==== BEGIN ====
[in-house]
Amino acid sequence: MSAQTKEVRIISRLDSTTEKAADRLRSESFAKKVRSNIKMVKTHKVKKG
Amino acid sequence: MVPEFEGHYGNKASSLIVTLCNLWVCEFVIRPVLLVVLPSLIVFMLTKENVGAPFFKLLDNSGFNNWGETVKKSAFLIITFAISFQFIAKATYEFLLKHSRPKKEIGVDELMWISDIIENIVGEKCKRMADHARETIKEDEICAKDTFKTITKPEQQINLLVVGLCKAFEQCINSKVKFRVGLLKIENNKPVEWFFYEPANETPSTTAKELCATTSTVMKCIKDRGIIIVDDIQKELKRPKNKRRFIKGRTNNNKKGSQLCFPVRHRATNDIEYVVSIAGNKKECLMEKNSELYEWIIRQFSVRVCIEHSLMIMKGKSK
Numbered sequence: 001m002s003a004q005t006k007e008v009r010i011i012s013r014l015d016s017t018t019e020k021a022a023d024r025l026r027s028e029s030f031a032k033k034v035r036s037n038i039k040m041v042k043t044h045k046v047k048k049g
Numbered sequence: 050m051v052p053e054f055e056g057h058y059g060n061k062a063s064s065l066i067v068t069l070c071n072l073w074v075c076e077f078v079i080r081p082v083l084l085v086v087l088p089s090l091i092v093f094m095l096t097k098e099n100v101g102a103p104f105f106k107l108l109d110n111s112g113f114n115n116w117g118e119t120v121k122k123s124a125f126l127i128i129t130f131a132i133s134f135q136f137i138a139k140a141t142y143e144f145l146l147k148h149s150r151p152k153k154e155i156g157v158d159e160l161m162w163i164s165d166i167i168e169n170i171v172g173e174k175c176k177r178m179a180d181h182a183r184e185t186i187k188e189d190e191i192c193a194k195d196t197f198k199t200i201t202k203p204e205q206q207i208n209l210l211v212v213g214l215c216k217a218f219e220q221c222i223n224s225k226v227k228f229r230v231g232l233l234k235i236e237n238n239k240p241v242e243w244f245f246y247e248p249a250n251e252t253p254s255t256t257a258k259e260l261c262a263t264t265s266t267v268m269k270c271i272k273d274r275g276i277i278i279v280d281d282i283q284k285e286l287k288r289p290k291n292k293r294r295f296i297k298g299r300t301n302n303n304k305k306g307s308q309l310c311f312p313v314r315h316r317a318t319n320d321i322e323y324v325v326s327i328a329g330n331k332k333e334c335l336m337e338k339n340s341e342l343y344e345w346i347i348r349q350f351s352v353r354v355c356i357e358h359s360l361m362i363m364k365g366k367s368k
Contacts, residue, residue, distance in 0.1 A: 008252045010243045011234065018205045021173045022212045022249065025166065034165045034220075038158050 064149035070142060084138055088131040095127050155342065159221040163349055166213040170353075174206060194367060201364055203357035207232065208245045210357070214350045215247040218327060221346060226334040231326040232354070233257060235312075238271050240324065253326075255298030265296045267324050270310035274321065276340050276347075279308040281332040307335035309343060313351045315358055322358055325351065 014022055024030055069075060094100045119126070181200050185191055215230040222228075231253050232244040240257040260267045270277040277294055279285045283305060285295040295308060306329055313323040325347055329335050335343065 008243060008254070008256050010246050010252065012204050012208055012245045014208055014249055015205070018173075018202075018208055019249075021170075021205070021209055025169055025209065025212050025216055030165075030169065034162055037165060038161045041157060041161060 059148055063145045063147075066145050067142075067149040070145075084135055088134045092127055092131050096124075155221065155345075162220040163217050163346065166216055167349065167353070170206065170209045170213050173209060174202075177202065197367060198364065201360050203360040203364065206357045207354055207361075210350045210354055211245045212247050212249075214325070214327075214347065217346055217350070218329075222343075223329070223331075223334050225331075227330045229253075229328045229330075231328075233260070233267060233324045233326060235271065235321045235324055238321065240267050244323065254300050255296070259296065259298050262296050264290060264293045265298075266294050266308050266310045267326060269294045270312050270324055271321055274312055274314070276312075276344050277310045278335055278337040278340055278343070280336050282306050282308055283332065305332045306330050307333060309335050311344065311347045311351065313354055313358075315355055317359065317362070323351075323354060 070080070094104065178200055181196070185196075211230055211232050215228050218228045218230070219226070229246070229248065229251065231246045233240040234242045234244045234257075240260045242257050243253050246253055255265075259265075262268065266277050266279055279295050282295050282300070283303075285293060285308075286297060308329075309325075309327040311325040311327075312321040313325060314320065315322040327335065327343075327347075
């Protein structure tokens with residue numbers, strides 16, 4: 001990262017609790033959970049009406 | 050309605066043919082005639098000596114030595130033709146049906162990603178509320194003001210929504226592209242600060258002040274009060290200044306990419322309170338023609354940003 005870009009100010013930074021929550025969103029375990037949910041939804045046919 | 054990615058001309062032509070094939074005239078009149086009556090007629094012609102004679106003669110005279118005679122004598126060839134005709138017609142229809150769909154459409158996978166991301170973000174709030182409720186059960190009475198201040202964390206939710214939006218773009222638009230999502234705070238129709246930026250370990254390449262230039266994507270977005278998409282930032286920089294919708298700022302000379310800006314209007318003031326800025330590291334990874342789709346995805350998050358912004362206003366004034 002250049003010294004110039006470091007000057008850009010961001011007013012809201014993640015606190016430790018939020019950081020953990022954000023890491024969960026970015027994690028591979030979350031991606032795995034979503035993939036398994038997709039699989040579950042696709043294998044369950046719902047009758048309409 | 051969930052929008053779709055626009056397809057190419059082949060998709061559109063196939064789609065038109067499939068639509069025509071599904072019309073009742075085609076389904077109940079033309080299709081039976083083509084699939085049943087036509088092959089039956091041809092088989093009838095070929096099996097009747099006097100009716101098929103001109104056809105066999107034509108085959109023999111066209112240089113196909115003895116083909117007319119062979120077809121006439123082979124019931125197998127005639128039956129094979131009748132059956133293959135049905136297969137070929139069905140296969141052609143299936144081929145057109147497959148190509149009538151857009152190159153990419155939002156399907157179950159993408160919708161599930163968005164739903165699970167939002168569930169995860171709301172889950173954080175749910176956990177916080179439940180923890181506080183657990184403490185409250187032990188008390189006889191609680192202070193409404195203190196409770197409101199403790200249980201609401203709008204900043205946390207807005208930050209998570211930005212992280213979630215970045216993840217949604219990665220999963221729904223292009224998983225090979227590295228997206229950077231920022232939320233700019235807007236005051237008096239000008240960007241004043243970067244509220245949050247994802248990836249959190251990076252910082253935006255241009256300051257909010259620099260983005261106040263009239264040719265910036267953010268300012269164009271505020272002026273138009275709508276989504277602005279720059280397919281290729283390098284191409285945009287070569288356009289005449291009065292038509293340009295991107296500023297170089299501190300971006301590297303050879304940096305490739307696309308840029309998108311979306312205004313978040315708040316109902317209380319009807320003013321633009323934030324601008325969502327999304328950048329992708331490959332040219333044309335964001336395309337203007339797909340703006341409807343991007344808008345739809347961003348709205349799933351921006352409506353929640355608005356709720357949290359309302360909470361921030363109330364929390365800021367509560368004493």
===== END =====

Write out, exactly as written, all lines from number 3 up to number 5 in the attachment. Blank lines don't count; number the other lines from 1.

Amino acid sequence: MVPEFEGHYGNKASSLIVTLCNLWVCEFVIRPVLLVVLPSLIVFMLTKENVGAPFFKLLDNSGFNNWGETVKKSAFLIITFAISFQFIAKATYEFLLKHSRPKKEIGVDELMWISDIIENIVGEKCKRMADHARETIKEDEICAKDTFKTITKPEQQINLLVVGLCKAFEQCINSKVKFRVGLLKIENNKPVEWFFYEPANETPSTTAKELCATTSTVMKCIKDRGIIIVDDIQKELKRPKNKRRFIKGRTNNNKKGSQLCFPVRHRATNDIEYVVSIAGNKKECLMEKNSELYEWIIRQFSVRVCIEHSLMIMKGKSK
Numbered sequence: 001m002s003a004q005t006k007e008v009r010i011i012s013r014l015d016s017t018t019e020k021a022a023d024r025l026r027s028e029s030f031a032k033k034v035r036s037n038i039k040m041v042k043t044h045k046v047k048k049g
Numbered sequence: 050m051v052p053e054f055e056g057h058y059g060n061k062a063s064s065l066i067v068t069l070c071n072l073w074v075c076e077f078v079i080r081p082v083l084l085v086v087l088p089s090l091i092v093f094m095l096t097k098e099n100v101g102a103p104f105f106k107l108l109d110n111s112g113f114n115n116w117g118e119t120v121k122k123s124a125f126l127i128i129t130f131a132i133s134f135q136f137i138a139k140a141t142y143e144f145l146l147k148h149s150r151p152k153k154e155i156g157v158d159e160l161m162w163i164s165d166i167i168e169n170i171v172g173e174k175c176k177r178m179a180d181h182a183r184e185t186i187k188e189d190e191i192c193a194k195d196t197f198k199t200i201t202k203p204e205q206q207i208n209l210l211v212v213g214l215c216k217a218f219e220q221c222i223n224s225k226v227k228f229r230v231g232l233l234k235i236e237n238n239k240p241v242e243w244f245f246y247e248p249a250n251e252t253p254s255t256t257a258k259e260l261c262a263t264t265s266t267v268m269k270c271i272k273d274r275g276i277i278i279v280d281d282i283q284k285e286l287k288r289p290k291n292k293r294r295f296i297k298g299r300t301n302n303n304k305k306g307s308q309l310c311f312p313v314r315h316r317a318t319n320d321i322e323y324v325v326s327i328a329g330n331k332k333e334c335l336m337e338k339n340s341e342l343y344e345w346i347i348r349q350f351s352v353r354v355c356i357e358h359s360l361m362i363m364k365g366k367s368k